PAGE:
Descended from a well-known minister and friend of Peter the Great, and belonging to a family that has been eminent for two hundred years in war, diplomacy, literature, and art, Lyof Tolstoi was born in 1828, the youngest of four sons; his mother, the Princess Marie Volkonsky, was the daughter of a general in Catherine’s time, and, according to friends of the novelist’s family, she resembled the Marie Bolkonsky of “War and Peace.” Both parents were, he says, in the general esteem, “good, cultivated, gentle, and devout.” He was early left an orphan, his mother dying when he was not yet two years of age, his father when he was nine. At the age of fifteen he went to the University of Kazan; he left it suddenly to settle on the estate at Yasnaya Polyana which had fallen to him. In 1851,[188] at the age of twenty-three, he became a yunker (the usual position of a nobleman entering the army, doing the work of a common soldier and associating with the officers) in the artillery at the Caucasus; he was stationed on the Terek. This expedition to the Caucasus was a memorable event in young Tolstoi’s life. It determined finally his artistic vocation. A centre of military activity on the most interesting frontier of the empire, it is a land of wonderful scenery and strange primitive customs, hallowed with association with Poushkin and Gogol. Tolstoi’s elder and most loved brother Nikolai had just come home on leave from the Caucasus; it was natural that young Lyof, who had never yet left the neighbourhood of Moscow, should be attracted to a land which held for him a fascination so manifold. Under the influence of this strange and new environment he became, almost at once, a great artist, and “Childhood, Boyhood, and Youth” was written in 1852.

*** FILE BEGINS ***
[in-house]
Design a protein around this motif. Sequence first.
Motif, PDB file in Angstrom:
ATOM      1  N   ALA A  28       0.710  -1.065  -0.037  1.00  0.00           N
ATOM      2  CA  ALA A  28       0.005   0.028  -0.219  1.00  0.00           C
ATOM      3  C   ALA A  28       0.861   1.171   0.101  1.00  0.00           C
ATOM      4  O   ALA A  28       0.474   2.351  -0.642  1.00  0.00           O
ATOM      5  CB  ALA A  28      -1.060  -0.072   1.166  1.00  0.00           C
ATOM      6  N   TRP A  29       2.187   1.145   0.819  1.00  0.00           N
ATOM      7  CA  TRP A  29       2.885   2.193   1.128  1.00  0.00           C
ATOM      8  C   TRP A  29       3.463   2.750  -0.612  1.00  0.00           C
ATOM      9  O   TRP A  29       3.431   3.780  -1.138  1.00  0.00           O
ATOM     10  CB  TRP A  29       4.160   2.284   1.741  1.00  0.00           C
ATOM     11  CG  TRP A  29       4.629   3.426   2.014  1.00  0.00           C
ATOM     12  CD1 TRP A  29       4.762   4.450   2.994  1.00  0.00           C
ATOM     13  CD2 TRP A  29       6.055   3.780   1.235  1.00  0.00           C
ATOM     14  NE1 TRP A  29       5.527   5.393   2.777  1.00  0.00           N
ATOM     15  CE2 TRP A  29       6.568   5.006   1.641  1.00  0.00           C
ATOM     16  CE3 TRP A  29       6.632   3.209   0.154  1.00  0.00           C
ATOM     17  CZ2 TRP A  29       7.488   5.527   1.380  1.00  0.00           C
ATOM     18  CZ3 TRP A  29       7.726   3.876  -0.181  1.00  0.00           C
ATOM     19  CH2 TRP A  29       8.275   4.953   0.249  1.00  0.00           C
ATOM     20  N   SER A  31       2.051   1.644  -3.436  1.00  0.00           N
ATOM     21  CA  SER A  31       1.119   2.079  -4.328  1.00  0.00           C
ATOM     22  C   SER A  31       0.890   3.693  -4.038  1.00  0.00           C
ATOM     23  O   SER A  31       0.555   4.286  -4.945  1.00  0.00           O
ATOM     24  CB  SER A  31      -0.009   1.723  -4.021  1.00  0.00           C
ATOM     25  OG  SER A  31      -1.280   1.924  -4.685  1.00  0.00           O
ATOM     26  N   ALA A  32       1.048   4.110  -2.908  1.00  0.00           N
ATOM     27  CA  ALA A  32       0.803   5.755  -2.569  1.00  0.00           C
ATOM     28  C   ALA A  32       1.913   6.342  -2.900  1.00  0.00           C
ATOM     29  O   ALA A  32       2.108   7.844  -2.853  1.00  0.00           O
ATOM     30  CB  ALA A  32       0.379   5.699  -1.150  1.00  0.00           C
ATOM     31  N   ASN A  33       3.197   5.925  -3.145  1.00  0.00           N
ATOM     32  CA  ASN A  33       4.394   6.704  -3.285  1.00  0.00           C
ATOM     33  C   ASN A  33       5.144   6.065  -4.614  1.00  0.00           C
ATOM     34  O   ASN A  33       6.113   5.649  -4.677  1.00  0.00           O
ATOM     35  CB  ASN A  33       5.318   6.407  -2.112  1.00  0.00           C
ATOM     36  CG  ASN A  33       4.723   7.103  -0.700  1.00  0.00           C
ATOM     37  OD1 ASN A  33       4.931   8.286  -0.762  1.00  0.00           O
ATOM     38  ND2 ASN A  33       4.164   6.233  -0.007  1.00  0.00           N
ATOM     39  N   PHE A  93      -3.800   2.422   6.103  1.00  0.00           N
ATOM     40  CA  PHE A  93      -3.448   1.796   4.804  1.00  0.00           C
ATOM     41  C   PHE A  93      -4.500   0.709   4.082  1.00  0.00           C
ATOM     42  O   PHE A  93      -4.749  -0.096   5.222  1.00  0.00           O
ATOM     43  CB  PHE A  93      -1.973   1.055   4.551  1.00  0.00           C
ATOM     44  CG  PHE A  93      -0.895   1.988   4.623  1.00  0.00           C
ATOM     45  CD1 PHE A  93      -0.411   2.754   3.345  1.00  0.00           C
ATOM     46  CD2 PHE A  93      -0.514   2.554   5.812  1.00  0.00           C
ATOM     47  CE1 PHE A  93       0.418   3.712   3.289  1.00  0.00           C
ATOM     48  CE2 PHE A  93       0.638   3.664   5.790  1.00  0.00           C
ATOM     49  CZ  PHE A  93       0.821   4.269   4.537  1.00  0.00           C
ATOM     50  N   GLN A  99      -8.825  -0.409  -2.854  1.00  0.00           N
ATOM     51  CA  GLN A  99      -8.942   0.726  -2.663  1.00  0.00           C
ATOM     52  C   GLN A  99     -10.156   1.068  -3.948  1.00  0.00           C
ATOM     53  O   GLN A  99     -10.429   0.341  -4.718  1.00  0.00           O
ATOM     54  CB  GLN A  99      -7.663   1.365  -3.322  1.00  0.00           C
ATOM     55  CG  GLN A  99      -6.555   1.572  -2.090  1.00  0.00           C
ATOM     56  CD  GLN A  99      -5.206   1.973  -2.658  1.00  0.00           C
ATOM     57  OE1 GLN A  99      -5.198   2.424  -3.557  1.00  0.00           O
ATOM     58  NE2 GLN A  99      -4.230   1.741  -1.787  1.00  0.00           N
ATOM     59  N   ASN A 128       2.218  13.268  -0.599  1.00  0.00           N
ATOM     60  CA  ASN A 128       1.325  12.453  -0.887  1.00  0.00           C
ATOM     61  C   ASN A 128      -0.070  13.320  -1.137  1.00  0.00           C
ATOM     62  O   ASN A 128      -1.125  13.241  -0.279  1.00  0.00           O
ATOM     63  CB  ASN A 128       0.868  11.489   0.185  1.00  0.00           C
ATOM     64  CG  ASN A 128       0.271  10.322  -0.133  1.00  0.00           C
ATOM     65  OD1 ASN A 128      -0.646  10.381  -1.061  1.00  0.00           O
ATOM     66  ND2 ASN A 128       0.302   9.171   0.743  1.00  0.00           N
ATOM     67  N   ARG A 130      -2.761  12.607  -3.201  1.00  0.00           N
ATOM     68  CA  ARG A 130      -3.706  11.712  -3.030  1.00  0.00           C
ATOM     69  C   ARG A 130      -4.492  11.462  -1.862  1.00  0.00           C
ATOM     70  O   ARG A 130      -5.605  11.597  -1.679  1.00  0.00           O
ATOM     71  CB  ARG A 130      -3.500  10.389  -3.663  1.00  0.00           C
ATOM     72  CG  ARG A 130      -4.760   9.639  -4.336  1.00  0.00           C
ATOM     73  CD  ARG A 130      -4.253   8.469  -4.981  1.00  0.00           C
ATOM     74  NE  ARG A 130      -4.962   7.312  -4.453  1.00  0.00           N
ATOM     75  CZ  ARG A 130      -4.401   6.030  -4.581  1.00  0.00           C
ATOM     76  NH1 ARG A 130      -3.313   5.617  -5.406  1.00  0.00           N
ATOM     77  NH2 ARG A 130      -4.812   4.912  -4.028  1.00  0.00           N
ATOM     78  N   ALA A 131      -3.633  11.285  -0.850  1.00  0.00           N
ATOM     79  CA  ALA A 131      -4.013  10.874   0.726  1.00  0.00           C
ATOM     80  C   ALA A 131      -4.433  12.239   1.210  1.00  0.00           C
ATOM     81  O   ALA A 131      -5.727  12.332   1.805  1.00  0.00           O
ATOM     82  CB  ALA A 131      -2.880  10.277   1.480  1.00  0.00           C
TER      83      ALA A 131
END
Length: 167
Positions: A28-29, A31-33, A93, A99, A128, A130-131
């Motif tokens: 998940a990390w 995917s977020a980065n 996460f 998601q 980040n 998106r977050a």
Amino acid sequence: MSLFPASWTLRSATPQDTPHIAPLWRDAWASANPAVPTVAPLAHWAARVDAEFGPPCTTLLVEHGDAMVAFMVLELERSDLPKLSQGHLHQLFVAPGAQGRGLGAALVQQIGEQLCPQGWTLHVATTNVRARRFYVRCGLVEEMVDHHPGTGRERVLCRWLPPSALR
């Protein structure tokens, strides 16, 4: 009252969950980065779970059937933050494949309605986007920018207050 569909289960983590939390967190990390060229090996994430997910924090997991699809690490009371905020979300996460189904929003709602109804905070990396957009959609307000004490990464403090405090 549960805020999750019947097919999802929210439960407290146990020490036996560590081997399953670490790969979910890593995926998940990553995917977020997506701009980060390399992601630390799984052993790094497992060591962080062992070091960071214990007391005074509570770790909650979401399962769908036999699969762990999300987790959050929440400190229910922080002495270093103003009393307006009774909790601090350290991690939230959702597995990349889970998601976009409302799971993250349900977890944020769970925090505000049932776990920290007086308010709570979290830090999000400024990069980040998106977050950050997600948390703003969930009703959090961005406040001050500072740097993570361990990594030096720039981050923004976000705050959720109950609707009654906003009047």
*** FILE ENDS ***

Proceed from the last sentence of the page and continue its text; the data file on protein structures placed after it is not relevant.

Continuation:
Tolstoi’s critics have sometimes regretted that he never continued this story. The only possible continuation of “Childhood, Boyhood, and Youth” is “The Cossacks.” The young Irteneff of the end of the former book corresponds as closely as possible with the Olyenin who is analyzed at the beginning of the latter. A few years only have intervened. These years he long after summed up briefly and too sternly in[189] the “Confessions”: “I cannot think of those years without horror, disgust, and pain of heart. There was no vice or crime that in those days I would not have committed. Lying, theft, pleasure of all sorts, intemperance, violence, murder—I have committed all. I lived on my estate, I consumed in drink or at cards what the labour of the peasants had produced. I punished them, and sold them, and deceived them; and for all that I was praised.” Tolstoi condemns himself without mercy, as Bunyan condemned himself in his “Grace Abounding;” even in the “Confessions” he admits that at this time his aspirations after good were the central element in his nature, and it was out of desire to benefit his peasants that he left the university prematurely to settle on his estate.